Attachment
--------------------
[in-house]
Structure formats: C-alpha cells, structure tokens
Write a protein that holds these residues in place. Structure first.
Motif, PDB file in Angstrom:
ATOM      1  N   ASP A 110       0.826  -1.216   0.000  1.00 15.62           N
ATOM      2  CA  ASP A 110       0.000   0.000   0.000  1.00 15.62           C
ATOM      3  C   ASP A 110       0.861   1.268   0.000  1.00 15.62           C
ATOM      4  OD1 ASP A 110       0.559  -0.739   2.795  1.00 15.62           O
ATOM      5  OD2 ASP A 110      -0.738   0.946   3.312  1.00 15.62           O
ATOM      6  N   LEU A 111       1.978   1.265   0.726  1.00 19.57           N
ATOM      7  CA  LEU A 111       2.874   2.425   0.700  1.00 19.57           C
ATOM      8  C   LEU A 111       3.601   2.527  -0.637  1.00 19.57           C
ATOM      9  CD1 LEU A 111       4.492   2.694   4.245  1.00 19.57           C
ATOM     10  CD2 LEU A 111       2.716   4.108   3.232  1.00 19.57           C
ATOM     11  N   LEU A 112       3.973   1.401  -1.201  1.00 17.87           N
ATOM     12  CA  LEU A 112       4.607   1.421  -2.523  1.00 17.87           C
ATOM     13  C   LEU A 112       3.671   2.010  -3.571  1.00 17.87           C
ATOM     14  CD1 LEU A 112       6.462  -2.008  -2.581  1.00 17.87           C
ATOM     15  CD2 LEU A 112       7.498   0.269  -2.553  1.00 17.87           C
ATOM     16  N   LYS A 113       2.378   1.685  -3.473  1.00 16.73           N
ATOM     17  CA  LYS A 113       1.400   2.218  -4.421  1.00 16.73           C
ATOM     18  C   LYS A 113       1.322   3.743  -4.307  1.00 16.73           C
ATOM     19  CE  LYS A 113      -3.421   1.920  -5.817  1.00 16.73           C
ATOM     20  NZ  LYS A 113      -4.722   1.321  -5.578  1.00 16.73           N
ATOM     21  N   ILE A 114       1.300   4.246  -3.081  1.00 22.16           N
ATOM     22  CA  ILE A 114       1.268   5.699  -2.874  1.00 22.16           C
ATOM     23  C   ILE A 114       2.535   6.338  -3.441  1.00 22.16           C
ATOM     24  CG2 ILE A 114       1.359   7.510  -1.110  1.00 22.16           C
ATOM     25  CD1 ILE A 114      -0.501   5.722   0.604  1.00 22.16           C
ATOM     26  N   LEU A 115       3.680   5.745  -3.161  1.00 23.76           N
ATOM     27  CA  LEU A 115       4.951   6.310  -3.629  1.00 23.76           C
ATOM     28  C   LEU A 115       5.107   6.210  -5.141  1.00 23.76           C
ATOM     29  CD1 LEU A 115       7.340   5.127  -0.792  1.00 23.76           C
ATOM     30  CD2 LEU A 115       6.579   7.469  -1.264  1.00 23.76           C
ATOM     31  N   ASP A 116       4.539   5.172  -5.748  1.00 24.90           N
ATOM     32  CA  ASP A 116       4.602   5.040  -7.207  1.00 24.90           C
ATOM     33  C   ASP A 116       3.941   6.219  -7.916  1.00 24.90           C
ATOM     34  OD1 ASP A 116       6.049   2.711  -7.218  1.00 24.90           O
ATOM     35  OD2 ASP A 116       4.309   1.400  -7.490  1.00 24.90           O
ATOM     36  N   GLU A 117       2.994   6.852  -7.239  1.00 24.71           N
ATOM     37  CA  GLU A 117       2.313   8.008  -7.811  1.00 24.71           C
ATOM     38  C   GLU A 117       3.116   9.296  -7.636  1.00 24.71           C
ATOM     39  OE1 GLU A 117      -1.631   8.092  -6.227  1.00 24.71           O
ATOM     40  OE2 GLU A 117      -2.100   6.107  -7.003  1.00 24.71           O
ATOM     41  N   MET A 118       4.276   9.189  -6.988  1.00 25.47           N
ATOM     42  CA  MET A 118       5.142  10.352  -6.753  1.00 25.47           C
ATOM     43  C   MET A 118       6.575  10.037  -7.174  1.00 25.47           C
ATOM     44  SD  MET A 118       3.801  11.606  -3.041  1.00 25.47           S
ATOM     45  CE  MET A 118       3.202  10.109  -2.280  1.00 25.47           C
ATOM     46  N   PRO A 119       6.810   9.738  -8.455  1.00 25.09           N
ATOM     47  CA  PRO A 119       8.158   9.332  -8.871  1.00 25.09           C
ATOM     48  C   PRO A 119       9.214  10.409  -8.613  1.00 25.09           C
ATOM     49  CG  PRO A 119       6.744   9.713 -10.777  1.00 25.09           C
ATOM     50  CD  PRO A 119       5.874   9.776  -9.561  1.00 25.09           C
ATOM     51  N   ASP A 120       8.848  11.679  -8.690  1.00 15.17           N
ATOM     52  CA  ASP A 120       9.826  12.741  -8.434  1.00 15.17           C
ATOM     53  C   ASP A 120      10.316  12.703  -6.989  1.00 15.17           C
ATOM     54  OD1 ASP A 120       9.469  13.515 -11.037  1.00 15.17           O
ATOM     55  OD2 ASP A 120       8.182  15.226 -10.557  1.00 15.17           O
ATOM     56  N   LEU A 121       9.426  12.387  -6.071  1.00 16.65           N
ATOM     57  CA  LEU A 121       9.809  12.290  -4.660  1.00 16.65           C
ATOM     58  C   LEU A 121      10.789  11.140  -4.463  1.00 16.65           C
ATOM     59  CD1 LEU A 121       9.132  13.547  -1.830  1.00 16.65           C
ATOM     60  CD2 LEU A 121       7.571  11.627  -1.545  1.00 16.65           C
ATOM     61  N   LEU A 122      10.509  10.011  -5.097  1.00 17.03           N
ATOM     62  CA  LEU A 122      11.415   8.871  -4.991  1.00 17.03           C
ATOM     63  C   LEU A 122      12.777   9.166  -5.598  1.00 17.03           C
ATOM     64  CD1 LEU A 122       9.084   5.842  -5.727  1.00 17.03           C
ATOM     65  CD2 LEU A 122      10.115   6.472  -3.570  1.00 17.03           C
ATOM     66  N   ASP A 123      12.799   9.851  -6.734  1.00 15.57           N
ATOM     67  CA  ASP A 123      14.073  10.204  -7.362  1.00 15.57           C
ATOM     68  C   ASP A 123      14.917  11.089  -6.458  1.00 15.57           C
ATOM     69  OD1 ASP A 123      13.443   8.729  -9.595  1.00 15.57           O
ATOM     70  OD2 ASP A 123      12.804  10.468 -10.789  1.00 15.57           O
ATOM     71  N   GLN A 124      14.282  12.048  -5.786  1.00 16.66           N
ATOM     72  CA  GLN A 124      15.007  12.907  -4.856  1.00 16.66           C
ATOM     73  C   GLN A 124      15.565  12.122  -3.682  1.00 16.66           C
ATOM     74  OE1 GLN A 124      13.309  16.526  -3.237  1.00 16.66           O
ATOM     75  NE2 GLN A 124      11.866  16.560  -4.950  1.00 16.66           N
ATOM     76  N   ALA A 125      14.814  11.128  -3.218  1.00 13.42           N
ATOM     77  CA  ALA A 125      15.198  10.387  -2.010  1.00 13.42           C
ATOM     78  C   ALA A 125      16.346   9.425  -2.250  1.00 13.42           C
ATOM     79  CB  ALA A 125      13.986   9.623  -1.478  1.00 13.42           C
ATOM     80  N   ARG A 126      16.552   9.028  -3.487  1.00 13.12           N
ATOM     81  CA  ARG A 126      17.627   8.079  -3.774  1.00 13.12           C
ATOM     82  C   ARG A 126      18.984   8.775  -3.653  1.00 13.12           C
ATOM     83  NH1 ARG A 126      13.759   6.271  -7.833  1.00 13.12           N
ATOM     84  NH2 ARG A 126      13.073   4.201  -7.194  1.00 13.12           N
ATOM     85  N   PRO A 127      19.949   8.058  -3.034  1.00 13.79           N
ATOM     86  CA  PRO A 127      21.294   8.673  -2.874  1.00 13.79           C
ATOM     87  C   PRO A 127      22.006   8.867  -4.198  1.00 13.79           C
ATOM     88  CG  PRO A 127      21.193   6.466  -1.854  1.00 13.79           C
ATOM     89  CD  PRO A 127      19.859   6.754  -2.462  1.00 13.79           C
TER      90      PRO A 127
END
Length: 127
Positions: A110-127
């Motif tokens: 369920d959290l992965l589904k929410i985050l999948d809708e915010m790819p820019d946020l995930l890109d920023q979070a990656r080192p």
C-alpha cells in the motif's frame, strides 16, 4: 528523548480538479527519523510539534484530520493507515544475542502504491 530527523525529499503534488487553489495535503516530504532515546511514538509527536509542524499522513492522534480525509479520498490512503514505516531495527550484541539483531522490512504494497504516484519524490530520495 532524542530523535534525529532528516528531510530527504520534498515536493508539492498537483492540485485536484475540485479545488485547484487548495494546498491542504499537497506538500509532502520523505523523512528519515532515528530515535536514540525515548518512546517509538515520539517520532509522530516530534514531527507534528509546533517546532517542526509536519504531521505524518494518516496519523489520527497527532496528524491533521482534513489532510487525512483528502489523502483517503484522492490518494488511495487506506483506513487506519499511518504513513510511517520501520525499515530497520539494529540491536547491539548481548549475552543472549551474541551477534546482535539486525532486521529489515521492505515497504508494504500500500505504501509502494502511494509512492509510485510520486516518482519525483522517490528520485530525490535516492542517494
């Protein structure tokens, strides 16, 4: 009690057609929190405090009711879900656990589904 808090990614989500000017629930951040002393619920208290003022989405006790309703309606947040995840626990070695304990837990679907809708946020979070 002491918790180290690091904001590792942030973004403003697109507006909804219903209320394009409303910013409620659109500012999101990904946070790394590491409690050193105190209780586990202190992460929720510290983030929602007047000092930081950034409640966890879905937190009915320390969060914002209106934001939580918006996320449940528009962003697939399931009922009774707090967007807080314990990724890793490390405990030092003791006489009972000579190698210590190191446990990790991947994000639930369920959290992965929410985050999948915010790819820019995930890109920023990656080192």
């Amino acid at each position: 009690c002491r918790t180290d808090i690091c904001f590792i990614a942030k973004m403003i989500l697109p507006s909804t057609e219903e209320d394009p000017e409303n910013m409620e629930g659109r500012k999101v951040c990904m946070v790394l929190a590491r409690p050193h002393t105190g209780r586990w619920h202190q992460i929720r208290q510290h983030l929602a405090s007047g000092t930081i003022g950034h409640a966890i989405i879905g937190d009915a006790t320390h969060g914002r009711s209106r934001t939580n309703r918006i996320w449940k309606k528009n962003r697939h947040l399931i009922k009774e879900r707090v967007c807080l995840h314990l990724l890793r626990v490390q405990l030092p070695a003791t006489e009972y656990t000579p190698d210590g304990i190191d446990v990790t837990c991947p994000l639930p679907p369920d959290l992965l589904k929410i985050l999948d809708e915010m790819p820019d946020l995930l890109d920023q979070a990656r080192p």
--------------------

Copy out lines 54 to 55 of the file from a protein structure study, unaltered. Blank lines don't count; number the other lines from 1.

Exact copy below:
ATOM     50  CD  PRO A 119       5.874   9.776  -9.561  1.00 25.09           C
ATOM     51  N   ASP A 120       8.848  11.679  -8.690  1.00 15.17           N